“NSW councils have taken enormous steps in the area of internal audit. 79% of councils now have an audit committee, doubling since 2006. The number of councils that have an internal audit function has also increased from 65% in 2006 to 80% in 2014.
“A strategic audit plan is like a business plan for internal audit. It guides audit activity and resourcing over a period of 3-5 years and reduces the risk of audit blind spots. The survey found 48% of councils could better align their strategic audit plan to key risks within council and 35% of councils have not developed a strategic audit plan. This is clearly inconsistent with internal audit standards.
“Only half the councils felt that the benefits that internal audit had delivered were on the positive side of neutral which suggests that internal auditors may need to raise their profile about their activities and better align their audit activities to council activities through the strategic audit plan.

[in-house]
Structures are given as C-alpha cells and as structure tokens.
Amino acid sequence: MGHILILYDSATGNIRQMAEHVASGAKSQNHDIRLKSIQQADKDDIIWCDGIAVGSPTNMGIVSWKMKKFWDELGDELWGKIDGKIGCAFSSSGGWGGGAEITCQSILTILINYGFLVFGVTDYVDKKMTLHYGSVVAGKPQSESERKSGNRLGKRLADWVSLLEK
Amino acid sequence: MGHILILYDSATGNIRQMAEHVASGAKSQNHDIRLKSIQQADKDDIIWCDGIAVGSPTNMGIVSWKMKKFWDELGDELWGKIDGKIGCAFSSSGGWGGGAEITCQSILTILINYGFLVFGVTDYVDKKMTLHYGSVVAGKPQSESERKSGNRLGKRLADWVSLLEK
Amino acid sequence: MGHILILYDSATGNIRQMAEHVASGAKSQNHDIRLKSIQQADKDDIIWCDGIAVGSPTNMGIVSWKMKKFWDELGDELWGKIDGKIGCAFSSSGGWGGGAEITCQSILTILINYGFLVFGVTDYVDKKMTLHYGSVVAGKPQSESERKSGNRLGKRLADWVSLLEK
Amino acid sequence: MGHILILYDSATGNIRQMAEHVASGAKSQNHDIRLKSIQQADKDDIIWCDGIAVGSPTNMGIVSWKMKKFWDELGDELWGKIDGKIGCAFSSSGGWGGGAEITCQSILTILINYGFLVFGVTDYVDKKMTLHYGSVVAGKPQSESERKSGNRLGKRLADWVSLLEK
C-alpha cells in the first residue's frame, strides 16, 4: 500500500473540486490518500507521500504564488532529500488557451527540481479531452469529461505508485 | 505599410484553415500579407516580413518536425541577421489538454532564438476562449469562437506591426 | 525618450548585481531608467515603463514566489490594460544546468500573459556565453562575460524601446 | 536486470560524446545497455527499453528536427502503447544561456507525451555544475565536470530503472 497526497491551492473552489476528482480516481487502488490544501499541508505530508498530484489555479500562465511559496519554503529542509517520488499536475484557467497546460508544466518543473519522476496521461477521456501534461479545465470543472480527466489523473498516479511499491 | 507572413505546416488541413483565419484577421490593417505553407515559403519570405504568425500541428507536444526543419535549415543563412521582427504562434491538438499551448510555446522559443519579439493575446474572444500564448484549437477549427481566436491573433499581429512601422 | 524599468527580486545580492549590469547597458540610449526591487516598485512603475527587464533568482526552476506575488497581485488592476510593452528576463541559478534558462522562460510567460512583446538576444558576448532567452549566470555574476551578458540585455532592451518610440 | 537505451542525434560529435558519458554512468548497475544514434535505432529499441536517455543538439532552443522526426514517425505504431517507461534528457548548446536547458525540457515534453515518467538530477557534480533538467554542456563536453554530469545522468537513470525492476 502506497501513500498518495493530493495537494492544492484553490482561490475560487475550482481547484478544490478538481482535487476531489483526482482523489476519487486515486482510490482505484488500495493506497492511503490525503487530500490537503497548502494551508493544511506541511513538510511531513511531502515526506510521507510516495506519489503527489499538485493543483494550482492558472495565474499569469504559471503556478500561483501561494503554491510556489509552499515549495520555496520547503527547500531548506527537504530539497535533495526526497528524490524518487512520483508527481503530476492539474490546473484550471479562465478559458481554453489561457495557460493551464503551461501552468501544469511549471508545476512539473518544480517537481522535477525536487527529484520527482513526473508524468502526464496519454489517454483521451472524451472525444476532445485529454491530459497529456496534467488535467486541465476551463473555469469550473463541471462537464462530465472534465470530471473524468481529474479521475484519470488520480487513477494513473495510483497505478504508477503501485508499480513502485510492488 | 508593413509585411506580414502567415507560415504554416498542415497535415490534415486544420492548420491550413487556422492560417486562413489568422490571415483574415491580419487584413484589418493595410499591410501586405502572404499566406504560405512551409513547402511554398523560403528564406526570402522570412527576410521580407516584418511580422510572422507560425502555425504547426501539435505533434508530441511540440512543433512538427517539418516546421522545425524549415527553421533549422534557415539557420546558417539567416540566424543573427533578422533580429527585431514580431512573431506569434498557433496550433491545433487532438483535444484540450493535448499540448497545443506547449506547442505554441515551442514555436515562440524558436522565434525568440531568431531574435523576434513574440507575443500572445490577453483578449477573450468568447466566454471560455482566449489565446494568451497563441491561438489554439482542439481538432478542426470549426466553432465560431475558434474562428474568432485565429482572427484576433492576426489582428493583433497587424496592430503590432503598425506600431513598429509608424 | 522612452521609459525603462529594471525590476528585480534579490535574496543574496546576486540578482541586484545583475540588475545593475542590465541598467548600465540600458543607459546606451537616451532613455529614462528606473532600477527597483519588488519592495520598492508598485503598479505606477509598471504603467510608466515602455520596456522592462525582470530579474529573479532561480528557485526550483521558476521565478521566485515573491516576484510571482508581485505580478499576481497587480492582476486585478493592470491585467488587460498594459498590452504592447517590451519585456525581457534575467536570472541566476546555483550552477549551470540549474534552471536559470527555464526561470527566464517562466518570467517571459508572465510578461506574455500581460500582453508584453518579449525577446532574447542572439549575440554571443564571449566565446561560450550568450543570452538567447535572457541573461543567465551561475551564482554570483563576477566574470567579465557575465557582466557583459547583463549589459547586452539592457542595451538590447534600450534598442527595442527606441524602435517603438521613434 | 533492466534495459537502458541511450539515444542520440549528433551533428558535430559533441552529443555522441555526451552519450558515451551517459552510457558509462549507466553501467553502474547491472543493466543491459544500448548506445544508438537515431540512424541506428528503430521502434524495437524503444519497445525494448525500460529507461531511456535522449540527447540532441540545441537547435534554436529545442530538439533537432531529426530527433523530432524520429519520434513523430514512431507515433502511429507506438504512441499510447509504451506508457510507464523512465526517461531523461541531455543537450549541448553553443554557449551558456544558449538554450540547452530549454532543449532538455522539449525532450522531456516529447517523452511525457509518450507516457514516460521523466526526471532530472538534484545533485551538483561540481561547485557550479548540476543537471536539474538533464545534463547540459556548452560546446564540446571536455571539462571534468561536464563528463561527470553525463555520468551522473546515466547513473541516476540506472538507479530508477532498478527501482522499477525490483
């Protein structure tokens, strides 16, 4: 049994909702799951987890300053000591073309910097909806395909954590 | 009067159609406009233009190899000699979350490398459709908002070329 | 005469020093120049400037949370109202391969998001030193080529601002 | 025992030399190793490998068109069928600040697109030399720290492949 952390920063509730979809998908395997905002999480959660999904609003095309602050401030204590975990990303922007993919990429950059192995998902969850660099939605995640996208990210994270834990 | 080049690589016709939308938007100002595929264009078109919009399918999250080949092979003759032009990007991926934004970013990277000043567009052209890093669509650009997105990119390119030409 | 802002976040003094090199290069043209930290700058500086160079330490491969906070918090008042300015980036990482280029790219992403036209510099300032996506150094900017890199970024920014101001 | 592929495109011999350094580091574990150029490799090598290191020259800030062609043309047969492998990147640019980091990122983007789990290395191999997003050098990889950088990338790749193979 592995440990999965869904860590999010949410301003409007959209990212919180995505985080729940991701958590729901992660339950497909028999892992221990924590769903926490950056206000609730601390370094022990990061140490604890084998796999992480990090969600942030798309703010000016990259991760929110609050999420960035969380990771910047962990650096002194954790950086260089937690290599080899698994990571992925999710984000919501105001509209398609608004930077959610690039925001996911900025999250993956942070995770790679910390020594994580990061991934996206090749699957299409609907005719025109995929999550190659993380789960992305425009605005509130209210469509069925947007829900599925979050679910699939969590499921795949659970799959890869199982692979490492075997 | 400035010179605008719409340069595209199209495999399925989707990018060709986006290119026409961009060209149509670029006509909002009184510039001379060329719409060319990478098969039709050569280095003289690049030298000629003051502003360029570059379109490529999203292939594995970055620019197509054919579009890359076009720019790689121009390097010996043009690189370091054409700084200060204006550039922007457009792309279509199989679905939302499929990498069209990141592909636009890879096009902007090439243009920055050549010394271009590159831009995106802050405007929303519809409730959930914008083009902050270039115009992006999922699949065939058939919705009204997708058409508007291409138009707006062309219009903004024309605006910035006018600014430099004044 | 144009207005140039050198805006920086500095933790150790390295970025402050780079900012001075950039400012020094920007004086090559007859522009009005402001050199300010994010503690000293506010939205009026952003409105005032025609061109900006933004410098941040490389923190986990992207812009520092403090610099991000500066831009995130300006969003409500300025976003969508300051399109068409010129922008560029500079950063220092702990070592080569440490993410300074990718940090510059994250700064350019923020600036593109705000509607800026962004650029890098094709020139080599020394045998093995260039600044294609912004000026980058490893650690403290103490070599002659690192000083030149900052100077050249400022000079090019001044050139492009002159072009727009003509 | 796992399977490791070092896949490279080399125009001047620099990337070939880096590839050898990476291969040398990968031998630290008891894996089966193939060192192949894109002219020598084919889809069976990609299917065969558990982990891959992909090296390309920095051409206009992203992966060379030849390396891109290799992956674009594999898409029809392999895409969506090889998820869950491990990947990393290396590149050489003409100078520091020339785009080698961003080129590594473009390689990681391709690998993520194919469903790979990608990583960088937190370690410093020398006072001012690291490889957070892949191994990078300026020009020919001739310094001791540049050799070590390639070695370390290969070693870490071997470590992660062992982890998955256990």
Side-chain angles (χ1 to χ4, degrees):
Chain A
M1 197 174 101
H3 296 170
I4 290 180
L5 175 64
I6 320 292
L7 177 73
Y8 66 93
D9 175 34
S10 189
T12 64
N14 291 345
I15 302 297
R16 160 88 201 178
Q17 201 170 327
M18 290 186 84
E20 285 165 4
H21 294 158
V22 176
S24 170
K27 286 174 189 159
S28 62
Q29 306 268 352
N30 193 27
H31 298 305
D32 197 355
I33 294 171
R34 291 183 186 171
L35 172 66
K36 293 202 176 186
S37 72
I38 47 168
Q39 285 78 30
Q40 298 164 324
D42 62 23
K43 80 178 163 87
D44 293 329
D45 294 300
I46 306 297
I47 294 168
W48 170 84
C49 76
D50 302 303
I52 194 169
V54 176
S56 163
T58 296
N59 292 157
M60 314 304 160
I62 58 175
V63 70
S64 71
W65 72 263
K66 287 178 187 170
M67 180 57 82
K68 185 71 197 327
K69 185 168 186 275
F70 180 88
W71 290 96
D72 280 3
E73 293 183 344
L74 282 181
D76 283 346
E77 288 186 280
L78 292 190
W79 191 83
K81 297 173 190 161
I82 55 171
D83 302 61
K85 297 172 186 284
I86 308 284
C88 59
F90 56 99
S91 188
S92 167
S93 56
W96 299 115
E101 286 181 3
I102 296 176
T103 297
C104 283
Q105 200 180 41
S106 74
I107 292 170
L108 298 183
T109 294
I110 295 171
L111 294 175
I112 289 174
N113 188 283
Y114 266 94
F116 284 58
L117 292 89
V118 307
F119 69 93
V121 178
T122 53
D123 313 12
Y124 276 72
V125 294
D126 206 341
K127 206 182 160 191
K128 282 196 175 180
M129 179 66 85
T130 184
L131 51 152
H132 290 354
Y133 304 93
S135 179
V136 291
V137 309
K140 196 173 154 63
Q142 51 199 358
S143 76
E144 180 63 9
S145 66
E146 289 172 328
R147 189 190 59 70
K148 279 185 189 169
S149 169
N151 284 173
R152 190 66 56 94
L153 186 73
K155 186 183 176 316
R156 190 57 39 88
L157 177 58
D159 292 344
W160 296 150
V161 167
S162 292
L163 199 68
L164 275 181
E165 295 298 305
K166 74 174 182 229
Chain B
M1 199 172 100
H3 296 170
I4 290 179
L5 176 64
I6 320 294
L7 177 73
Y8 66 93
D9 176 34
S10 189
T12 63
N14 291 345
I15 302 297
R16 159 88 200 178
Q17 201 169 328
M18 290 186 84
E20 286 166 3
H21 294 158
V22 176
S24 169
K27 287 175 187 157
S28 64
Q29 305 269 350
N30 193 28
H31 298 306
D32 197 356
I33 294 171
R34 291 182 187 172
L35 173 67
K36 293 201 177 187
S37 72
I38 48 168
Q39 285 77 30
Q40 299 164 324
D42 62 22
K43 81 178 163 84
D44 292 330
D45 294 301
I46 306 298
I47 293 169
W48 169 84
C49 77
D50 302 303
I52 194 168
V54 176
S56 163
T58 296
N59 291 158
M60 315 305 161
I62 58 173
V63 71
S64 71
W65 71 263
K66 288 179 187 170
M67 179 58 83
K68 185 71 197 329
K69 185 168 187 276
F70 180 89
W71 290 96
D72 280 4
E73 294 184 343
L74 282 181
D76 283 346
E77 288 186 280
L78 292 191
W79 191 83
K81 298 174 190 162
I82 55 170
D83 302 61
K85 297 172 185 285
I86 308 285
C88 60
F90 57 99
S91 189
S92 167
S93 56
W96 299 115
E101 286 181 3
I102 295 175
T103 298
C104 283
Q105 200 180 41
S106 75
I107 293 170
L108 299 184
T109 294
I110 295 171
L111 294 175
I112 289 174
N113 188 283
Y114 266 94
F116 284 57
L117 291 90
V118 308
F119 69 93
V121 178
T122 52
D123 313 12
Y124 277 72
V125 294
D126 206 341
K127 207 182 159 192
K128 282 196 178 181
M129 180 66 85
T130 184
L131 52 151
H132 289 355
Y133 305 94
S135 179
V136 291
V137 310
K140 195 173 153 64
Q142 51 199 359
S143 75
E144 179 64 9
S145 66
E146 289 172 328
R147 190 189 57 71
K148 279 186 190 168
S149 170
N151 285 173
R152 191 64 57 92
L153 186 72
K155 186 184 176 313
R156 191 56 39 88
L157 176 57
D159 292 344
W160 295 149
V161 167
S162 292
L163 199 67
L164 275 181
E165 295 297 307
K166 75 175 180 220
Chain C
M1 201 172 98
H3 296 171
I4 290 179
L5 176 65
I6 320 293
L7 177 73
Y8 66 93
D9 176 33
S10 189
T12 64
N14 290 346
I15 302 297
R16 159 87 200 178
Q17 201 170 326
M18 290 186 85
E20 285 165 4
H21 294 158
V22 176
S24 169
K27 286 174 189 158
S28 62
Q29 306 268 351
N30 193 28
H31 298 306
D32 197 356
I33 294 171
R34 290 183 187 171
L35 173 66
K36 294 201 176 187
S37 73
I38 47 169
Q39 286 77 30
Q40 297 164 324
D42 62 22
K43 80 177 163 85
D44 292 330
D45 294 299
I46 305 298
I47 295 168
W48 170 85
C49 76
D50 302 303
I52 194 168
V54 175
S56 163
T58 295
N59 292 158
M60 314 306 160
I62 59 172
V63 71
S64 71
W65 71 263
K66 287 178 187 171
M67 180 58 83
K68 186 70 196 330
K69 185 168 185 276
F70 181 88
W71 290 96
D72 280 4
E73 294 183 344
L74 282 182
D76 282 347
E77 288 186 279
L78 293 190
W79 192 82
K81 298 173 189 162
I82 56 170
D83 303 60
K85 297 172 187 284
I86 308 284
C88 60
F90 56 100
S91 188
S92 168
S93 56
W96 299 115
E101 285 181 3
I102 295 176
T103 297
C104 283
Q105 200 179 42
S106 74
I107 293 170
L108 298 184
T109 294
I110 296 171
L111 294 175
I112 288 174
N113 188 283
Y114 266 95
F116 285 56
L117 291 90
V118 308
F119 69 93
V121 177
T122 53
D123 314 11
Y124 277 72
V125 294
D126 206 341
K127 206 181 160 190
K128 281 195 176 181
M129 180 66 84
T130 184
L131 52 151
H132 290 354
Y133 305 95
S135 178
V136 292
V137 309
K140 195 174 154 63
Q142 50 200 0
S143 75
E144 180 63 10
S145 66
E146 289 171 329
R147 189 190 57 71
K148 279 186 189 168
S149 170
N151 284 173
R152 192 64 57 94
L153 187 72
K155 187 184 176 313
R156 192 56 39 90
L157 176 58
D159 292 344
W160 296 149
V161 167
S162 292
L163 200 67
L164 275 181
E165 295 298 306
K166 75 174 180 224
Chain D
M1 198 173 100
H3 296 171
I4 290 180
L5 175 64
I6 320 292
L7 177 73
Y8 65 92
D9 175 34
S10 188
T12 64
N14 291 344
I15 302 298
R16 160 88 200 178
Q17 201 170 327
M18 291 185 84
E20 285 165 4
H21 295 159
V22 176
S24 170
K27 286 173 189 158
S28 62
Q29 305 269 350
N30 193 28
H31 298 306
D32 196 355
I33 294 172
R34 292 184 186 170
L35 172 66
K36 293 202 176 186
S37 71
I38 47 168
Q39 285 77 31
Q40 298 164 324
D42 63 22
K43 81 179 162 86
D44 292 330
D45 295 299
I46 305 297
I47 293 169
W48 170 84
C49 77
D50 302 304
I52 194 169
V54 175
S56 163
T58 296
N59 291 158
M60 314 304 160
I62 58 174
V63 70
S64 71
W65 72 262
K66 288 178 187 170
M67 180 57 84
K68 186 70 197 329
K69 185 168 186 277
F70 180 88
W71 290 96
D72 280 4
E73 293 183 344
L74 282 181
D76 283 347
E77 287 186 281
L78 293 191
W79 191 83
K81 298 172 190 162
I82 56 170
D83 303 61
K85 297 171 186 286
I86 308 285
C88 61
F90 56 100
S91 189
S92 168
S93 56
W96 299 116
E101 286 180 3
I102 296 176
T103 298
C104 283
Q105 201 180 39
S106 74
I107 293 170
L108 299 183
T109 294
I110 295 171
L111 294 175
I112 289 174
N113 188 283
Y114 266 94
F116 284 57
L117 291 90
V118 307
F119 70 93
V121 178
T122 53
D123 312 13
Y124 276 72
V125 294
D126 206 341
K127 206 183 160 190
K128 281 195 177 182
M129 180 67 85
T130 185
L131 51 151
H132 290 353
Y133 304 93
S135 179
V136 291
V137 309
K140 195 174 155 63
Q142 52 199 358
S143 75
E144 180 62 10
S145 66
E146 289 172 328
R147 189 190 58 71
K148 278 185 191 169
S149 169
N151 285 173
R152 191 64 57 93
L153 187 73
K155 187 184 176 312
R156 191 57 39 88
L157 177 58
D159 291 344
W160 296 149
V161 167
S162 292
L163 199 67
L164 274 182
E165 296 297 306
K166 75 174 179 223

Mr Harb concluded that “whilst improvement is evident and is to be applauded much still remains to be done in this critical area of council governance.”
An Executive Summary is available for free download…DOWNLOAD NOW
Please note, the detailed report containing graphs, trend analysis and detailed commentary is ONLY available to the councils who participated in the survey.
InConsult is a leading professional services firm based in Sydney with extensive local and international experience in risk management, business resilience, internal audit, corporate governance and risk management technology solutions. InConsult offers a comprehensive, end-to-end range of solutions to help public and private sector organisations effectively manage risks and improve internal controls to maximise opportunities. With over 80 local government clients, InConsult is one of the largest service providers to the sector.
For further information:
Contact: Tony Harb, Managing Director, InConsult
Telephone: 02 9241 1344